Globally as of August 10th, over 31,000 confirmed cases of monkeypox have been reported from 91 countries, territories and areas across all six designated regions of the World Health Organization. This represents a 19% increase in global cases during the latest reporting week, as compared to the previous week.
In Canada as of August 12th, a total of 1059 confirmed cases of monkeypox have been reported nationally, including 511 cases in Ontario, 426 in Quebec, 98 in British Columbia, 19 in Alberta, 3 in Saskatchewan, and 2 in the Yukon. Among cases for whom additional information is available, over 99% are male and the median age was 35 years.
Monkeypox infection is usually a self-limited illness, and while most people recover on their own after a few weeks, the accompanying rash can be painful and could affect any part of the body. In some circumstances, people can become very sick and in rare cases death can occur.
To date there have been 28 reported hospitalizations, including 2 ICU admissions and no deaths due to monkeypox in Canada.
In line with international trends, the majority of confirmed cases in Canada with available information on exposure history reported intimate sexual contact with other men. Nationally, less than one percent of confirmed cases with available information on age and sex were in females or people under 20 years of age. Internationally, women and youth, likewise account for one percent or less of reported cases.
Canada’s Chief Medical Officers of Health have stood up a Special Advisory Committee (or SAC) on the Monkeypox response, much like was done for COVID-19 over two years ago. To date, our discussions have focused on testing, working with community organizations to raise awareness on ways to limit spread of the virus, and deployment of the Imvamune vaccine and therapeutics
While the global monkeypox outbreak continues to be a serious concern, by focussing efforts on the impacted communities in Canada and worldwide, including with vaccinations, we have an opportunity to contain the spread.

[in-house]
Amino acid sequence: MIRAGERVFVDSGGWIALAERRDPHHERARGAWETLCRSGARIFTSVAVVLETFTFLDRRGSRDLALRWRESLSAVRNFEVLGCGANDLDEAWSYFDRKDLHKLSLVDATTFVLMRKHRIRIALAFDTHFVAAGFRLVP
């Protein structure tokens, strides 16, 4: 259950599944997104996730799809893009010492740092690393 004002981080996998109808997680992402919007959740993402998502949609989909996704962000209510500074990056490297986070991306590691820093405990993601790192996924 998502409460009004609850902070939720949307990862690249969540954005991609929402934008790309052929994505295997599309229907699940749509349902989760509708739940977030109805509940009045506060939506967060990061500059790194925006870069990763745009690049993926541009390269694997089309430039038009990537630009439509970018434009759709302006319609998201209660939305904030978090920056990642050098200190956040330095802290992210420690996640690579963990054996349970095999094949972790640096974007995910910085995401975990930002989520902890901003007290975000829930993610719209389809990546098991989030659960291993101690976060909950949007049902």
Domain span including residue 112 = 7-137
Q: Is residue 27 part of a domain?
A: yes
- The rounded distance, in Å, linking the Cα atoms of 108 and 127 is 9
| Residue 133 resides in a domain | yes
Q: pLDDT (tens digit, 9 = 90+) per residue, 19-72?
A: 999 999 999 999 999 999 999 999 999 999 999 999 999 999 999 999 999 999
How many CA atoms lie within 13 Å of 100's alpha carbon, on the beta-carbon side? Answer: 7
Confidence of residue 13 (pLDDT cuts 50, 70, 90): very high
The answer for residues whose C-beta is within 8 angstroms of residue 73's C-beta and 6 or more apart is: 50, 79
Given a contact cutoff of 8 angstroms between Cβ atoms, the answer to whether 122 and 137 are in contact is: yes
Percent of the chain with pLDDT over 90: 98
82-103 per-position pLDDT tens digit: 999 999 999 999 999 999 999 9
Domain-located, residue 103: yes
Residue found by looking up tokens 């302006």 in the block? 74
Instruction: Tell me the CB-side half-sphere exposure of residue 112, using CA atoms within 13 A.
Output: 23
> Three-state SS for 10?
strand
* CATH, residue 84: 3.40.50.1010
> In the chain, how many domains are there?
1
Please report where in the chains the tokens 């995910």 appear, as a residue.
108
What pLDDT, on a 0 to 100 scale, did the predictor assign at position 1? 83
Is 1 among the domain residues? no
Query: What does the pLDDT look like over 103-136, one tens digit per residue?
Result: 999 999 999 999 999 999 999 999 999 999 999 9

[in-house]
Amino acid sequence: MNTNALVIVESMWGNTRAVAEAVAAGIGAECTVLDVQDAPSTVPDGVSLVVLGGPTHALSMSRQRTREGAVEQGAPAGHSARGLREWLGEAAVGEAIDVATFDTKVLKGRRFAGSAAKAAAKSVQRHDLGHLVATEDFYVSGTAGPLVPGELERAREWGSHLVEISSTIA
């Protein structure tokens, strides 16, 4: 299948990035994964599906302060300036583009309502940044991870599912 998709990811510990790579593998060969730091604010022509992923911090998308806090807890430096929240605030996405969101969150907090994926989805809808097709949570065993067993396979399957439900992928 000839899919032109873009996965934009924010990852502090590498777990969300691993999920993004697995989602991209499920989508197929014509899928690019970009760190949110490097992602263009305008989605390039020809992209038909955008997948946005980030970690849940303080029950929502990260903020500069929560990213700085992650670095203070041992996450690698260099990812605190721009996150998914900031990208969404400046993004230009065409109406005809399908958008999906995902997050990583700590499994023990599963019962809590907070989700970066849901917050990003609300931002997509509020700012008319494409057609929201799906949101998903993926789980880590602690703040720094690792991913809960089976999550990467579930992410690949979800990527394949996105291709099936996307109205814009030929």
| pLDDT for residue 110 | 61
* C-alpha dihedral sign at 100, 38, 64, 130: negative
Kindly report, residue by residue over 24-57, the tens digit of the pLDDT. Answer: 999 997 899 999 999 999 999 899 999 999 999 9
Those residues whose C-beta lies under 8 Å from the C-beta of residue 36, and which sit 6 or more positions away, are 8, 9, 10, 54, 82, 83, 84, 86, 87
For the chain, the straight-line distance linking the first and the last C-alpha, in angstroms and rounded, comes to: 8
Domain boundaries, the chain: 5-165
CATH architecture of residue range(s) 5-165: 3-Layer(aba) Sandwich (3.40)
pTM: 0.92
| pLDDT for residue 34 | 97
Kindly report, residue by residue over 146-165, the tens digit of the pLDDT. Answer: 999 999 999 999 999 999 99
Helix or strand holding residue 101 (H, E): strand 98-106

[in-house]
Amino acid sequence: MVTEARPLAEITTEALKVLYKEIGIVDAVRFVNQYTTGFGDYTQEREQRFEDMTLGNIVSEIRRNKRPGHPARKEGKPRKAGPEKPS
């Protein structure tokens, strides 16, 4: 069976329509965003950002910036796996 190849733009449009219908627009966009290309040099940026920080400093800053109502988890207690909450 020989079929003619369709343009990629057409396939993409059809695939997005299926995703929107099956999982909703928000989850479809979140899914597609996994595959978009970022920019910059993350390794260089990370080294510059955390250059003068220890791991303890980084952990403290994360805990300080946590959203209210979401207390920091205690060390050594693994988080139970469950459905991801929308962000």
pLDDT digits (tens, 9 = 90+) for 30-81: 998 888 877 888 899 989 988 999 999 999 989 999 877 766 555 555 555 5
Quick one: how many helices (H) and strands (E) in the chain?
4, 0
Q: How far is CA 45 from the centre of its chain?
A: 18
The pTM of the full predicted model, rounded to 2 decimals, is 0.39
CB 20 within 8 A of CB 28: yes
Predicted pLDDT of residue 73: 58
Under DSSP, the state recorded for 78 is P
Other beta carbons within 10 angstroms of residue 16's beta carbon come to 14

To date, the Government of Canada has deployed over 99,000 doses of Imvamune vaccine to provinces and territories, with more than 50,000 people vaccinated as of August 11.
Increasing awareness and understanding is crucial. Public education to equip people with the information they need to make informed choices is an essential part of our response. Local community organizations are doing outstanding work in this space, including providing information directly to those most at risk — and the Government of Canada has provided funding to support their work.
In the current outbreak in Canada, we are largely seeing person-to-person spread. This can occur when someone has close contact with an infected person’s bodily fluids, respiratory droplets or skin sores. It may also occur through direct contact with clothing, sheets or other personal items that have been in contact with someone infected with the monkeypox virus.
It is important to stress that anyone regardless of their sex, gender, race or sexual orientation can become infected with or spread the virus. We are urging everyone to be aware of the symptoms of monkeypox, and to learn how to reduce the risk of getting infected and spreading the virus to others.
Common symptoms include a rash or skin sores on any part of the body, which may be accompanied by general symptoms such as fever, headache, muscle aches, fatigue and swollen lymph nodes.
If you think you may have been infected with the monkeypox virus, we urge you to stay home and isolate away from others. If you think you have been infected or may have come into contact with someone who has monkeypox, it is important to immediately contact your health care provider or local public health authority.
As we learn more about monkeypox, we will continue to provide updates, including on the canada.ca/monkeypox website, to ensure people in Canada have the information they need to understand the risks and prevention measures they can take to protect their health.
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